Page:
ARRAY['sch1.tbl1','sch1.tbl2']

or:

'{ "sch1.tbl1" , "sch1.tbl2" }'

The function returns the number of generated statements (not including comments and transaction management statements).

The tables group may be in IDLE state while the function is called.

In order to generate the script, all tables must have an explicit PRIMARY KEY.

Caution

If a tables and sequences list is specified to limit the emaj_gen_sql_group() function’s work, it is the user’s responsibility to take into account the possible presence of foreign keys, in order to let the function produce a viable SQL script.

All statements, INSERT, UPDATE, DELETE and TRUNCATE (for AUDIT_ONLY tables groups), are generated in the order of their initial execution.

The statements are inserted into a single transaction. They are surrounded by a BEGIN TRANSACTION; statement and a COMMIT; statement. An initial comment specifies the characteristics of the script generation: generation date and time, related tables group and used marks.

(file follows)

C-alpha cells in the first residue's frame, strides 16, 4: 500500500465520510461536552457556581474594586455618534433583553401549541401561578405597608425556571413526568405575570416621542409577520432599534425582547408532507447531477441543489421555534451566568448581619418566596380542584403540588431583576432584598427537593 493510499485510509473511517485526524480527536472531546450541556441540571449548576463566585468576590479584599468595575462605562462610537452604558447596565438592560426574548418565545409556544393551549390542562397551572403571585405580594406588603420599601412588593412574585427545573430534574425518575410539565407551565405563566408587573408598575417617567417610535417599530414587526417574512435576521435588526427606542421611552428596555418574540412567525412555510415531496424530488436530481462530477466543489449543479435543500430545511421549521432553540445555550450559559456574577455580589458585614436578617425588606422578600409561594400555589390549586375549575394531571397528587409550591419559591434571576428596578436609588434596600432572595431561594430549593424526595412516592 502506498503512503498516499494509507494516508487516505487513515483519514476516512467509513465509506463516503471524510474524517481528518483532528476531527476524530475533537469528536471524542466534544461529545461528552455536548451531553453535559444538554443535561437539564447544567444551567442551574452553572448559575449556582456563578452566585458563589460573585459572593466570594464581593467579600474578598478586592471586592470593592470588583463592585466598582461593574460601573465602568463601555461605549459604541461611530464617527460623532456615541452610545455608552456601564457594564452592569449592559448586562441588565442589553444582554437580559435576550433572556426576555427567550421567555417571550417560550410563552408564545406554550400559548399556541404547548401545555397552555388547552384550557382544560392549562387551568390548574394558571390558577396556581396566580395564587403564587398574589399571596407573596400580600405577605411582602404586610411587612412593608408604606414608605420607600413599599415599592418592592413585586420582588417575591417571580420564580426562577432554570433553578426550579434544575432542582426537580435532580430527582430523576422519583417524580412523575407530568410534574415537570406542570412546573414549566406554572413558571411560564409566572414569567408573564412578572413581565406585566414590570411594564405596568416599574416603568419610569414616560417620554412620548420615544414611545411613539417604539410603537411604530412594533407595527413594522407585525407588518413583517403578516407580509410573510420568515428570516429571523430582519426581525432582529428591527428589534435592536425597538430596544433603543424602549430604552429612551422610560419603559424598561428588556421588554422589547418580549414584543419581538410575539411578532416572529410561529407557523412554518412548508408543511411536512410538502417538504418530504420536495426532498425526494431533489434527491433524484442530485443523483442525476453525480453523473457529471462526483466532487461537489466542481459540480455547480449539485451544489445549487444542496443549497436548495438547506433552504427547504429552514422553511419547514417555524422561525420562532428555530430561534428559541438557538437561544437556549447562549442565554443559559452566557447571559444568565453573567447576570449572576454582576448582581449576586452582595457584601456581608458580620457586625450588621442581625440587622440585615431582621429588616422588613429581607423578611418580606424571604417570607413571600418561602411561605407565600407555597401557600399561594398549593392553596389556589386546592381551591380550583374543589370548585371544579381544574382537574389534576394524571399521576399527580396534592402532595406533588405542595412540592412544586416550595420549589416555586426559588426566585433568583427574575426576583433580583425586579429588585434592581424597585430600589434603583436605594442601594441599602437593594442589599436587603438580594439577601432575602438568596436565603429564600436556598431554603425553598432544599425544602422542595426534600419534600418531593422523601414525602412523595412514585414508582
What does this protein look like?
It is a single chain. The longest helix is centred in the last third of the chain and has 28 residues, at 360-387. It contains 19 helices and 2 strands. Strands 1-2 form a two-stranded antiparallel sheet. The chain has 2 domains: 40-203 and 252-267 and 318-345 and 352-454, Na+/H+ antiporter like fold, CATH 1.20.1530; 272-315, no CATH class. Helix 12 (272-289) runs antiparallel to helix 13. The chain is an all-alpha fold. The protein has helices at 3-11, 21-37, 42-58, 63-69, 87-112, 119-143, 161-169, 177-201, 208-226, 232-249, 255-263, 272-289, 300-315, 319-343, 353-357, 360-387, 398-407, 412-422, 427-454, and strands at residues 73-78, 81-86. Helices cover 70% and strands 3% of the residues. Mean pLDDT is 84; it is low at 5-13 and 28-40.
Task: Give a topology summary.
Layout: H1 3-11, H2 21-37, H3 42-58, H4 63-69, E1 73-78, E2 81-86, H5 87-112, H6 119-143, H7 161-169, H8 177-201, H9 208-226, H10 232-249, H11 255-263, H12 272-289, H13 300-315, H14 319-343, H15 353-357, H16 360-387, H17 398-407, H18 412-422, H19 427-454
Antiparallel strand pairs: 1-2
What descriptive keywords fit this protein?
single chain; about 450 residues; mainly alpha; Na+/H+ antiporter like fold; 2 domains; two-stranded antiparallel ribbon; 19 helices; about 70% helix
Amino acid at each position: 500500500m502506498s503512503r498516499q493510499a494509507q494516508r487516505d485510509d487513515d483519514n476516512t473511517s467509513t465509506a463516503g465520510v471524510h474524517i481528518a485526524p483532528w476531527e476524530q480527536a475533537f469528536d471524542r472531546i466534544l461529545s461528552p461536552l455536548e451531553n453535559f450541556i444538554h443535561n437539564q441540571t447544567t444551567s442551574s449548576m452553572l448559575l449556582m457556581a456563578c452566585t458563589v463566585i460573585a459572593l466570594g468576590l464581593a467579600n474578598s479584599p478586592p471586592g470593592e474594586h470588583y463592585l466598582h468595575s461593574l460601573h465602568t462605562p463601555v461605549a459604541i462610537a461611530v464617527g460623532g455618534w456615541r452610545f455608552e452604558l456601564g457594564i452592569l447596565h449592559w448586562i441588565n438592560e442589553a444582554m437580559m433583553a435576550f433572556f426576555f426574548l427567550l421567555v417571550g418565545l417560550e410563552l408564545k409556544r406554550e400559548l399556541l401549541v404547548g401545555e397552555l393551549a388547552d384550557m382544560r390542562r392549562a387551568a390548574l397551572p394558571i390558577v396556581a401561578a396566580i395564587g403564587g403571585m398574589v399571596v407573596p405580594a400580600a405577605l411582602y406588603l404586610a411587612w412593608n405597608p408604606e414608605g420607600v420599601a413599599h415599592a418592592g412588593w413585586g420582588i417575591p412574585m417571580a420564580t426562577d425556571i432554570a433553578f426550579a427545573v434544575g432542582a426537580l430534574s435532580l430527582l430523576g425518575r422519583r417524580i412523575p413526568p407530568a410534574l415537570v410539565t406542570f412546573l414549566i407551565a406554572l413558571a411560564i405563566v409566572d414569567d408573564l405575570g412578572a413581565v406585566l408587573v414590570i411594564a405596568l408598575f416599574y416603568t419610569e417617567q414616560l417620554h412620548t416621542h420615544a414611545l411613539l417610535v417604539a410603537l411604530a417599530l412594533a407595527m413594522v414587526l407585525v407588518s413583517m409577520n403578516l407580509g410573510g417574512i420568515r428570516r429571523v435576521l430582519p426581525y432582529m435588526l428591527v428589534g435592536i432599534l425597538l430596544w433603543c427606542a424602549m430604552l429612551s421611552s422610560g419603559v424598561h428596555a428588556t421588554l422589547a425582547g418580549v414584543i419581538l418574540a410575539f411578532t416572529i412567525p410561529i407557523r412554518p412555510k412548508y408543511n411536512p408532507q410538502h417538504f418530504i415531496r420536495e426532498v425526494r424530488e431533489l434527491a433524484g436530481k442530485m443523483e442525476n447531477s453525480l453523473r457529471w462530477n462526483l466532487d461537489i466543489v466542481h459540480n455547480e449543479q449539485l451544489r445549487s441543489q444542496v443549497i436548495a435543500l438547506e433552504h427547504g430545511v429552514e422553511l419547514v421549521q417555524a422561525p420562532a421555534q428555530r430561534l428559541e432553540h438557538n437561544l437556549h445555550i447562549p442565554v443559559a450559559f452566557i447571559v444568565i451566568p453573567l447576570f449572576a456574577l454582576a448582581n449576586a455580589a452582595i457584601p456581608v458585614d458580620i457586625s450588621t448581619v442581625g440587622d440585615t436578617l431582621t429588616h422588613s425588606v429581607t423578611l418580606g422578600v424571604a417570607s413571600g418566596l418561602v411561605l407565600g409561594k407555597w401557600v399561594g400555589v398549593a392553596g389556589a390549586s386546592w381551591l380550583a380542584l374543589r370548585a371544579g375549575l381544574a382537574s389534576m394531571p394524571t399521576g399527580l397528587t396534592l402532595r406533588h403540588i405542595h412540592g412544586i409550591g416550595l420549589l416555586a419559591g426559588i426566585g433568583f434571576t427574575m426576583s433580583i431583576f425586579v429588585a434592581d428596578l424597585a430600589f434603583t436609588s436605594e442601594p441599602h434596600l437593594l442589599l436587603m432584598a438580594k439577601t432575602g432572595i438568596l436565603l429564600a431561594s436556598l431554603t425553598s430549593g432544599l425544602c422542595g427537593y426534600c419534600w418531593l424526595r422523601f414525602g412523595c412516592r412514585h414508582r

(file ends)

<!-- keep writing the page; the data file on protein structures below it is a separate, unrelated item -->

TRUNCATE statements recorded for AUDIT_ONLY tables groups are also included into the script.

At the end of the script, sequences belonging to the tables group are set to their final state.

Then, the generated file may be executed as is by psql tool, using a connection role that has enough rights on accessed tables and sequences.

The used technology may result to doubled backslashes in the output file. These doubled characters must be suppressed before executing the script, for instance, in Unix/Linux environment, using a command like:

sed 's/\\\\/\\/g' <file.name> | psql ...

As the function can generate a large or even very large file (depending on the log volume), it is the user’s responsibility to provide a sufficient disk space.

It is also the user’s responsibility to deactivate triggers, if any exist, before executing the generated script.

Using the emaj_gen_sql_groups() function, it is possible to generate a sql script related to several groups:

SELECT emaj.emaj_gen_sql_groups('<group.names.array>', '<start.mark>', '<end.mark>', '<file>' [, <tables/sequences.array>);

More information about multi-groups functions.